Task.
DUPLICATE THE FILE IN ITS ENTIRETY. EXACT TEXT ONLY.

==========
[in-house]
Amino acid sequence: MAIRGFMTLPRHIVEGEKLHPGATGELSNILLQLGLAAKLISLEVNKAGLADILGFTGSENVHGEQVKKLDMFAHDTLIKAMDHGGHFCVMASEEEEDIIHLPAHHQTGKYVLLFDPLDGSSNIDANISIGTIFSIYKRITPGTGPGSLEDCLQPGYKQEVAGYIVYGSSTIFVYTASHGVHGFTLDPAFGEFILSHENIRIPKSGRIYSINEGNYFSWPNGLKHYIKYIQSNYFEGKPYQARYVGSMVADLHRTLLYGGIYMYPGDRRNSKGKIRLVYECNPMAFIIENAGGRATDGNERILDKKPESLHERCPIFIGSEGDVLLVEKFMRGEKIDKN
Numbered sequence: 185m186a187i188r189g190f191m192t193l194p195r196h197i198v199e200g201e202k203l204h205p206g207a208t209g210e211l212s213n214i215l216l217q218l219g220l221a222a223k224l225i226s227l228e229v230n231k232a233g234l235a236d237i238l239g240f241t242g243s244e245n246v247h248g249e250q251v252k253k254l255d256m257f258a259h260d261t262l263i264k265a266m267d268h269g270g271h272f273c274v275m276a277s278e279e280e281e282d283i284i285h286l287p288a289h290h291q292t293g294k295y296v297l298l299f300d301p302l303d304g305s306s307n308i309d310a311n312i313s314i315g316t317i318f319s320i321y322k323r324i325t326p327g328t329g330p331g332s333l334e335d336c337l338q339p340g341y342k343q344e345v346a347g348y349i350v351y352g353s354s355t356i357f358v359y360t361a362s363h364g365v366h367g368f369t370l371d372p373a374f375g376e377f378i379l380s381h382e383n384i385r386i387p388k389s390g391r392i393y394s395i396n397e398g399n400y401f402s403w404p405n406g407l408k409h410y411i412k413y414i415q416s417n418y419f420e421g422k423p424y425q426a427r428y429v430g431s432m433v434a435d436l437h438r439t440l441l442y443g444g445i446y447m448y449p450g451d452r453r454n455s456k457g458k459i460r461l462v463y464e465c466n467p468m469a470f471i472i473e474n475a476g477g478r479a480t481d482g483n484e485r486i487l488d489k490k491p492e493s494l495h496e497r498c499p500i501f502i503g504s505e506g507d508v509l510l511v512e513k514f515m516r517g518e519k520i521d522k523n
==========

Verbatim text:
[in-house]
Amino acid sequence: MAIRGFMTLPRHIVEGEKLHPGATGELSNILLQLGLAAKLISLEVNKAGLADILGFTGSENVHGEQVKKLDMFAHDTLIKAMDHGGHFCVMASEEEEDIIHLPAHHQTGKYVLLFDPLDGSSNIDANISIGTIFSIYKRITPGTGPGSLEDCLQPGYKQEVAGYIVYGSSTIFVYTASHGVHGFTLDPAFGEFILSHENIRIPKSGRIYSINEGNYFSWPNGLKHYIKYIQSNYFEGKPYQARYVGSMVADLHRTLLYGGIYMYPGDRRNSKGKIRLVYECNPMAFIIENAGGRATDGNERILDKKPESLHERCPIFIGSEGDVLLVEKFMRGEKIDKN
Numbered sequence: 185m186a187i188r189g190f191m192t193l194p195r196h197i198v199e200g201e202k203l204h205p206g207a208t209g210e211l212s213n214i215l216l217q218l219g220l221a222a223k224l225i226s227l228e229v230n231k232a233g234l235a236d237i238l239g240f241t242g243s244e245n246v247h248g249e250q251v252k253k254l255d256m257f258a259h260d261t262l263i264k265a266m267d268h269g270g271h272f273c274v275m276a277s278e279e280e281e282d283i284i285h286l287p288a289h290h291q292t293g294k295y296v297l298l299f300d301p302l303d304g305s306s307n308i309d310a311n312i313s314i315g316t317i318f319s320i321y322k323r324i325t326p327g328t329g330p331g332s333l334e335d336c337l338q339p340g341y342k343q344e345v346a347g348y349i350v351y352g353s354s355t356i357f358v359y360t361a362s363h364g365v366h367g368f369t370l371d372p373a374f375g376e377f378i379l380s381h382e383n384i385r386i387p388k389s390g391r392i393y394s395i396n397e398g399n400y401f402s403w404p405n406g407l408k409h410y411i412k413y414i415q416s417n418y419f420e421g422k423p424y425q426a427r428y429v430g431s432m433v434a435d436l437h438r439t440l441l442y443g444g445i446y447m448y449p450g451d452r453r454n455s456k457g458k459i460r461l462v463y464e465c466n467p468m469a470f471i472i473e474n475a476g477g478r479a480t481d482g483n484e485r486i487l488d489k490k491p492e493s494l495h496e497r498c499p500i501f502i503g504s505e506g507d508v509l510l511v512e513k514f515m516r517g518e519k520i521d522k523n